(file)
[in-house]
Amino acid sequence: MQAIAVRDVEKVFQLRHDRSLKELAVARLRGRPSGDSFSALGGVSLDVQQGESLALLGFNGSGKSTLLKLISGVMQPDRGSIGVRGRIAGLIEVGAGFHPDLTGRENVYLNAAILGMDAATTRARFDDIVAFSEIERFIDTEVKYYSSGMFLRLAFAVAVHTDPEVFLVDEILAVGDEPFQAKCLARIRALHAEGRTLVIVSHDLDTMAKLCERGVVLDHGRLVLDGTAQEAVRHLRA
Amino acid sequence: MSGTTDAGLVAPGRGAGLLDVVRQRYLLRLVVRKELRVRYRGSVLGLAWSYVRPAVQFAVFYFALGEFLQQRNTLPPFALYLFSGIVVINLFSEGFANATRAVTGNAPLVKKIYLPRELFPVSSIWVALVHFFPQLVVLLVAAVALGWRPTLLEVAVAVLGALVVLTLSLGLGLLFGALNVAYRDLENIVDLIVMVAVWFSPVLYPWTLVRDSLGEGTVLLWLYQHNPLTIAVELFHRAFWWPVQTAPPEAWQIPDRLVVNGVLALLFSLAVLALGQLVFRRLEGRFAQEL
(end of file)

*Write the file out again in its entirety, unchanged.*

[in-house]
Amino acid sequence: MQAIAVRDVEKVFQLRHDRSLKELAVARLRGRPSGDSFSALGGVSLDVQQGESLALLGFNGSGKSTLLKLISGVMQPDRGSIGVRGRIAGLIEVGAGFHPDLTGRENVYLNAAILGMDAATTRARFDDIVAFSEIERFIDTEVKYYSSGMFLRLAFAVAVHTDPEVFLVDEILAVGDEPFQAKCLARIRALHAEGRTLVIVSHDLDTMAKLCERGVVLDHGRLVLDGTAQEAVRHLRA
Amino acid sequence: MSGTTDAGLVAPGRGAGLLDVVRQRYLLRLVVRKELRVRYRGSVLGLAWSYVRPAVQFAVFYFALGEFLQQRNTLPPFALYLFSGIVVINLFSEGFANATRAVTGNAPLVKKIYLPRELFPVSSIWVALVHFFPQLVVLLVAAVALGWRPTLLEVAVAVLGALVVLTLSLGLGLLFGALNVAYRDLENIVDLIVMVAVWFSPVLYPWTLVRDSLGEGTVLLWLYQHNPLTIAVELFHRAFWWPVQTAPPEAWQIPDRLVVNGVLALLFSLAVLALGQLVFRRLEGRFAQEL